Sabers’ coach Vychodil not shying away from high expectations


(Picture of David Vychodil via San Diego Sabers)

When you first meet San Diego Sabers coach David Vychodil, what strikes you most is the man’s physicality. 

To begin with, his handshake is extremely forceful, almost vicelike. And yeah, the dude is cut. He seems almost to be bursting out of his shirt. A former 16-year hockey professional who played more than 700 games across Europe, Russia and the Unites States, Vychodil still has the look of someone who could deliver punishing body checks and do some serious damage in the corners.

What you also notice about the native Czech who grew up Ostrava is that he is the consummate straight shooter – an upfront sort who won’t mince words, play games or engage in any kind of B.S. The expression “what you see is what you get” fits him to a tee. 

This direct and forthright approach leaves no room for guesswork on the part of his players. They are fully aware of where he is coming from and what he is demanding of them. “I would never go behind any player’s back,” says Vychodil. “If something needs to be said, I will say it to their face. It’s important that they know there will be consequences if the effort isn’t there or things aren’t done the right way.”

You should be made aware of something else as it pertains to Vychodil. He is a coach who thinks big and brings with him high expectations. No matter what the circumstances, he feels his team should play well, be consistent and above all else, contend for a title. “If I didn’t believe that,” he says, “then I shouldn’t be here. I should be doing something else. My job is to get us to win games and be very competitive.”

To many, the idea that the Sabers – who are based in Escondido and reside in the Western Division of the Junior Tier II Western States Hockey League – might challenge for a divisional title or something even grander, probably seems like quite a stretch.

After all, this is a team that won a meager five games just two years ago. And though last season saw notable improvement with 17 victories in 51 outings, the Sabers nonetheless finished a very distant third in the West before being dispatched rather quickly in the postseason.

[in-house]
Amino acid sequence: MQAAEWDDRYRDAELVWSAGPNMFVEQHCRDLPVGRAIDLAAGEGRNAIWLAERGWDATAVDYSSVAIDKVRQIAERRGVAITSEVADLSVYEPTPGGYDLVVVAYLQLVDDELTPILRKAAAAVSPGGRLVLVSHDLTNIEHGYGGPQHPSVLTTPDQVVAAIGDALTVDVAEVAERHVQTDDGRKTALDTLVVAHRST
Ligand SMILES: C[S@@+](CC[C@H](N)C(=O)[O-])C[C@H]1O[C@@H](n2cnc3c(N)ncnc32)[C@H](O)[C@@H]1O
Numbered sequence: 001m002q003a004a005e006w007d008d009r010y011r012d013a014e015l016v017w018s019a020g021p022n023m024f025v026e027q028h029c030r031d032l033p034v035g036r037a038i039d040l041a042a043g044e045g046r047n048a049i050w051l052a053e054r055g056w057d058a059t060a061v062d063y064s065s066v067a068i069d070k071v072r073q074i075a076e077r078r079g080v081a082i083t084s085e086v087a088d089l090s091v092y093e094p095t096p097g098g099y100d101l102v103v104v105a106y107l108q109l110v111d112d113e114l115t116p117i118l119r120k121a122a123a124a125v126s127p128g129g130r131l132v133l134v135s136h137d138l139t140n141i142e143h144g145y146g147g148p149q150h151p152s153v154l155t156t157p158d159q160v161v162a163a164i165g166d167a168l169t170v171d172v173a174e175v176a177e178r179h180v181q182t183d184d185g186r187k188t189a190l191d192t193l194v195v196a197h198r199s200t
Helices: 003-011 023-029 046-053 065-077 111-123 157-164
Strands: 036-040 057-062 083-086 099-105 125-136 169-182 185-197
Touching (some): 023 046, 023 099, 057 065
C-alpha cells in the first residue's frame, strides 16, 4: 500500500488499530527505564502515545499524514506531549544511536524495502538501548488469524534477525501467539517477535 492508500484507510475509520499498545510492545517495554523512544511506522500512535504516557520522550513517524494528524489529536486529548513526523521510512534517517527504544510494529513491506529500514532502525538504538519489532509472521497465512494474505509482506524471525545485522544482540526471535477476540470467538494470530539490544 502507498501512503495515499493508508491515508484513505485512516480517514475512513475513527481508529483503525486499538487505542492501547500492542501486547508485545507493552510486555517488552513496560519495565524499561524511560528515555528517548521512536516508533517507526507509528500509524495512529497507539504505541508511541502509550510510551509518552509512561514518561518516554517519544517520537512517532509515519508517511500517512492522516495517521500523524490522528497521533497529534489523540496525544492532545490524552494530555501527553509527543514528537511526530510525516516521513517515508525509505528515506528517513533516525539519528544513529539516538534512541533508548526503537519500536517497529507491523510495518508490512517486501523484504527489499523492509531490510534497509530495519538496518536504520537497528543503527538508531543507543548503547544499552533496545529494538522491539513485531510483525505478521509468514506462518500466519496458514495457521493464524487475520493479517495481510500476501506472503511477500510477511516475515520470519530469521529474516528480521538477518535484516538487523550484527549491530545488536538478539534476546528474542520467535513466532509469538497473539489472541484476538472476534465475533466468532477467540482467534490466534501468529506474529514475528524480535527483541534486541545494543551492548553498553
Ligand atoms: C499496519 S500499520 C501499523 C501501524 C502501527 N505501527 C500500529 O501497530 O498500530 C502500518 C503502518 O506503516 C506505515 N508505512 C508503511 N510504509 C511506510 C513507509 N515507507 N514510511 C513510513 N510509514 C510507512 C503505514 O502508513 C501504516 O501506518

In a division that is currently frontloaded with the heavyweight Las Vegas Thunderbirds and perennial contender Fresno (Monsters), it will be a tall order for the Sabs to surpass either of those talented clubs. But the persuasive Vychodil is convinced that if he can find the right mix of committed and hard-charging players, there’s no reason that San Diego can’t become a real force on the ice.

But alas, thus far this season the Sabers (3-5-1) haven’t been able to develop that chemistry and cohesion their coach is seeking, primarily due of a bevy of injuries. Because a number of players have been hurt, there has been a constant influx and outflow of personnel that has caused the team to be in constant transition with very little stability. As of this report, San Diego is currently carrying a whopping 27 players on its roster—which qualifies as a mighty hefty total.

And that makes it virtually impossible to establish any sort of continuity in either practice or games with such an unceasing shuffling going on. However, the one upside to all this fluctuation is that Vychodil is getting the chance to observe a host of players and see which ones potentially could make an impact both now and down the road.